“The broadest and maybe the most meaningful definition of volunteering:  Doing more than you have to because you want to, in a cause you consider good.” –  Ivan Scheier.

Thank You for Your Generous Contributions!

Metro-area Master Gardeners thank you for your dedicated commitment to the OSU Master Gardener program!  Your volunteer logs and coordinator reports have been rolling in and your contributions are amazing! Over 40,000 hours of service has been reported! Including over 15,000 pounds of produce donated to area food banks!

Your generous service and its collective impact is making a meaningful difference to the communities that we serve!  Thank you for educating and guiding home gardeners…answering questions at Farmers Markets and MG helpline offices, sharing proven, sustainable gardening knowledge by presenting at community events, and digging deep, educating fellow Master Gardeners and community members at Chapter demonstration and education gardens.  Thank you for contributing your time, passion and knowledge to the cause you consider good… educating the gardening public in successful and sustainable gardening practices!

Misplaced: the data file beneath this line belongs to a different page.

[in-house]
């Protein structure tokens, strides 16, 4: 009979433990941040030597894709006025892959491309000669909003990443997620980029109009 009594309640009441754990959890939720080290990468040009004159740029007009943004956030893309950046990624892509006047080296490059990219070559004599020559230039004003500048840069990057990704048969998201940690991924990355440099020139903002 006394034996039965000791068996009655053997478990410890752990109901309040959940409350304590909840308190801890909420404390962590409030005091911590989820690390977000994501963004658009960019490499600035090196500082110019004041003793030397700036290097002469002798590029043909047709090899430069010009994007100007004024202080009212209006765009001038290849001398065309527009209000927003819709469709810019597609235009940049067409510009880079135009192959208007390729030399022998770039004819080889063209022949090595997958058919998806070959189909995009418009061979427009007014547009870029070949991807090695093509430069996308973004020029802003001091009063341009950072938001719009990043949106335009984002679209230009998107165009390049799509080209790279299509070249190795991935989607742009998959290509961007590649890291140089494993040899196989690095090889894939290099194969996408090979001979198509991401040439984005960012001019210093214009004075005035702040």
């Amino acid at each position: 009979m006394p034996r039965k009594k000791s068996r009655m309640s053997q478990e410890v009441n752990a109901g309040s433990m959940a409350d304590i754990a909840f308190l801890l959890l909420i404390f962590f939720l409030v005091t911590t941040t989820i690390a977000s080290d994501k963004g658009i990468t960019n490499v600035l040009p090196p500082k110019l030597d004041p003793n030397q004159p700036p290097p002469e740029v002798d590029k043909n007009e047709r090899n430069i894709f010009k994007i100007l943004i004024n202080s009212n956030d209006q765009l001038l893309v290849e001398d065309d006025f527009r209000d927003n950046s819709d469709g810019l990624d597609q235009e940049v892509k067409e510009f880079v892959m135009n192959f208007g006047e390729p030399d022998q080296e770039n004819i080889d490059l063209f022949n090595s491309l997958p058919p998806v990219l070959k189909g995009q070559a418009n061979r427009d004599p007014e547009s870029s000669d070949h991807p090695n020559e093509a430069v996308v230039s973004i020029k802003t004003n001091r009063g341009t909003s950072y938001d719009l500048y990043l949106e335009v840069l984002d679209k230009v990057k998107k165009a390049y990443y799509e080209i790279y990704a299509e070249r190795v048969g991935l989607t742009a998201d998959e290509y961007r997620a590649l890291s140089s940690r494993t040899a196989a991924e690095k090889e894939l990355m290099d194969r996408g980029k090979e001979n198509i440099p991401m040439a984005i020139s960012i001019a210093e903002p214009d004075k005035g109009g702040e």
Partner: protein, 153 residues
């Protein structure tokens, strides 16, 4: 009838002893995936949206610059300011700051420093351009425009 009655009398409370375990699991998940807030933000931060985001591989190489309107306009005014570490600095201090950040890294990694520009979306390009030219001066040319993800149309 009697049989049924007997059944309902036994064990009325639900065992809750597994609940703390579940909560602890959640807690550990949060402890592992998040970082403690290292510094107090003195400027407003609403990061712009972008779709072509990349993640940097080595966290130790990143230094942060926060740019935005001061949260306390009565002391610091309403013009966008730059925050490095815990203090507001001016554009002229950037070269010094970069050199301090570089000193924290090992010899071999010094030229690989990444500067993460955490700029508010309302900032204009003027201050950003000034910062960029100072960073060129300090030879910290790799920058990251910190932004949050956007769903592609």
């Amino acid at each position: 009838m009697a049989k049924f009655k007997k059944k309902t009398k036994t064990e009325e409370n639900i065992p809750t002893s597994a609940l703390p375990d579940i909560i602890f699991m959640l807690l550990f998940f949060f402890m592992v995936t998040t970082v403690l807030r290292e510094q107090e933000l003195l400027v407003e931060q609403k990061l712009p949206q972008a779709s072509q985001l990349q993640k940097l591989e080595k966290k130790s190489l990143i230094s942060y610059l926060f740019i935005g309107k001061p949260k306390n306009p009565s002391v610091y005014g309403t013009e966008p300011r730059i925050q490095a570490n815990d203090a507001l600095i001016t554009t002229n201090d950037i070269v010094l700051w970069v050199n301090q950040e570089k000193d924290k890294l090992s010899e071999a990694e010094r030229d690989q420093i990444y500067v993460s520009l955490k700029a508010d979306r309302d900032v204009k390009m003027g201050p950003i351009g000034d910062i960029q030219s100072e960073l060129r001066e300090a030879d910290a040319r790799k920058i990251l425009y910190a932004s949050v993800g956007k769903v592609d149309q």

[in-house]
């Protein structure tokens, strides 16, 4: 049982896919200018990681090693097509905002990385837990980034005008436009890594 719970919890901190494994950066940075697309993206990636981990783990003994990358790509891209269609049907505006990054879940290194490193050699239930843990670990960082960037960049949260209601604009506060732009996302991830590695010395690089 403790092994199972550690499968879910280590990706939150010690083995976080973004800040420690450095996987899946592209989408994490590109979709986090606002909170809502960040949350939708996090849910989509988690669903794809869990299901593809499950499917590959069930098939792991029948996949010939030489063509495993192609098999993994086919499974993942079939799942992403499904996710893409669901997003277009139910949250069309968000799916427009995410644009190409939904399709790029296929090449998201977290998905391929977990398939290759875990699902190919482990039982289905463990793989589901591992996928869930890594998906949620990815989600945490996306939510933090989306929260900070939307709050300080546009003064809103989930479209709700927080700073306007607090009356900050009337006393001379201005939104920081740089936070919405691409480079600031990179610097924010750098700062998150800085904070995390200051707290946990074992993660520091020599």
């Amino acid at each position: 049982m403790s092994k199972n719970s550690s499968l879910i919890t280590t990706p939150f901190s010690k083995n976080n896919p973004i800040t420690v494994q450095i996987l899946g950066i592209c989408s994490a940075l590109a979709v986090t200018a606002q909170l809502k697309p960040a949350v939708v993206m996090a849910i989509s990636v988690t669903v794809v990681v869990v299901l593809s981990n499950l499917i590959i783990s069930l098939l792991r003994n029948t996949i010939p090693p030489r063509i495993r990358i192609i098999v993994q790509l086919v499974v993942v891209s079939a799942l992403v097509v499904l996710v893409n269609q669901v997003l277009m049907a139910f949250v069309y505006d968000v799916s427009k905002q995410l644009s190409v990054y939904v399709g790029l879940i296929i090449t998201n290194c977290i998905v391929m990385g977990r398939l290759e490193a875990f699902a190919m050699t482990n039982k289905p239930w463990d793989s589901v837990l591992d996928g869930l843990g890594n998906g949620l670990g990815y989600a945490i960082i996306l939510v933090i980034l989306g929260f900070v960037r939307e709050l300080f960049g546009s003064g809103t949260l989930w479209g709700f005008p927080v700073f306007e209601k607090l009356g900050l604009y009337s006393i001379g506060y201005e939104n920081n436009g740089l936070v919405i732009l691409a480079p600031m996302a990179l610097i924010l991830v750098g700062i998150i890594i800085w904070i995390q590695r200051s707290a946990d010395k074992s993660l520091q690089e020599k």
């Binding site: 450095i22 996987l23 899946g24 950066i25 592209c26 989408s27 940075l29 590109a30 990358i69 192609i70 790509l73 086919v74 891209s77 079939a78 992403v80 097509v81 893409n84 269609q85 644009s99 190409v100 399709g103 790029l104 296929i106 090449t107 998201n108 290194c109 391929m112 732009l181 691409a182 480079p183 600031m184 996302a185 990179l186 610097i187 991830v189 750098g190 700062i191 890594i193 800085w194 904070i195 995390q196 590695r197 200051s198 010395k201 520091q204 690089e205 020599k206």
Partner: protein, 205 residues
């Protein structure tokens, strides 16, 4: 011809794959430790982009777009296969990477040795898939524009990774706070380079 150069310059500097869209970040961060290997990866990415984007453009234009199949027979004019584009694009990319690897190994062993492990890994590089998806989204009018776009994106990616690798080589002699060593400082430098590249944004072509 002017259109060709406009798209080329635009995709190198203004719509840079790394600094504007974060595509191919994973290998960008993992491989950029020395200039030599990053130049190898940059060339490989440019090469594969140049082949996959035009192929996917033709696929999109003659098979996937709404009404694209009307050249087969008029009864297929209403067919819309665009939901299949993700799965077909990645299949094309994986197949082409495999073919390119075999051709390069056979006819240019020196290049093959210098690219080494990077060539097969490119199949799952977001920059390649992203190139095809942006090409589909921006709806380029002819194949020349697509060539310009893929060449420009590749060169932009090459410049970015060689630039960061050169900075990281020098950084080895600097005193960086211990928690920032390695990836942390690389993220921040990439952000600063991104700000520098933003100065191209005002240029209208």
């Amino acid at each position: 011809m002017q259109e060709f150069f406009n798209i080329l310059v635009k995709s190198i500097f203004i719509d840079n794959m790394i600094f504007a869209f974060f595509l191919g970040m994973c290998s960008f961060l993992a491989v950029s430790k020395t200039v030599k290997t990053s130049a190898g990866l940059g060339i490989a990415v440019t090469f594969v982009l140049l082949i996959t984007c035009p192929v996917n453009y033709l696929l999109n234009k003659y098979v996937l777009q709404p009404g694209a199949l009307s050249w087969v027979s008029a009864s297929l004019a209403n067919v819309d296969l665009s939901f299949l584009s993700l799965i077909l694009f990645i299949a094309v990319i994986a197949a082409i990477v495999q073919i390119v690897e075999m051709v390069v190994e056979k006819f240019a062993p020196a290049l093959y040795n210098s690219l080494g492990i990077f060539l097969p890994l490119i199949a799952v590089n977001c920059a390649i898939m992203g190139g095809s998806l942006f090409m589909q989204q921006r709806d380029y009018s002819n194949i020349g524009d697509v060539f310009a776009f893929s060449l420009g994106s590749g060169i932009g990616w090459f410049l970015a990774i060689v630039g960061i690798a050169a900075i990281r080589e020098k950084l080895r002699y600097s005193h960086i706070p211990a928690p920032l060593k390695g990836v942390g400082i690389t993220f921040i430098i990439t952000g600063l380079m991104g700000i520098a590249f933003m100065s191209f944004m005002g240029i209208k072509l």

Display Your 2020 MG Sticker!

Those who have fulfilled the requirements to maintain their status as an active and “current” Master Gardener will receive a 2020 Recertification sticker to proudly display on your MG badge. 

The sticker is a designation that you are current and up-to-date, having completed all required volunteer service hours, continuing education opportunities, and completed forms.  Stickers will be distributed at Fall Recertification and mailed (by year’s end) to those who do not attend Fall Recertification. For MGs still needing information about how to remain current, please refer to the Volunteer Portal’s How to Maintain Active OSU Master Gardener Status page.

If you have yet to send in the annual required forms, please send them in as soon as possible, so you too can receive your 2020 Recertification sticker and remain on our ‘active’ Master Gardener roll.

  1. 2018_2019 Volunteer log sheet
  2. 2019_2020 Conditions of Volunteer Service form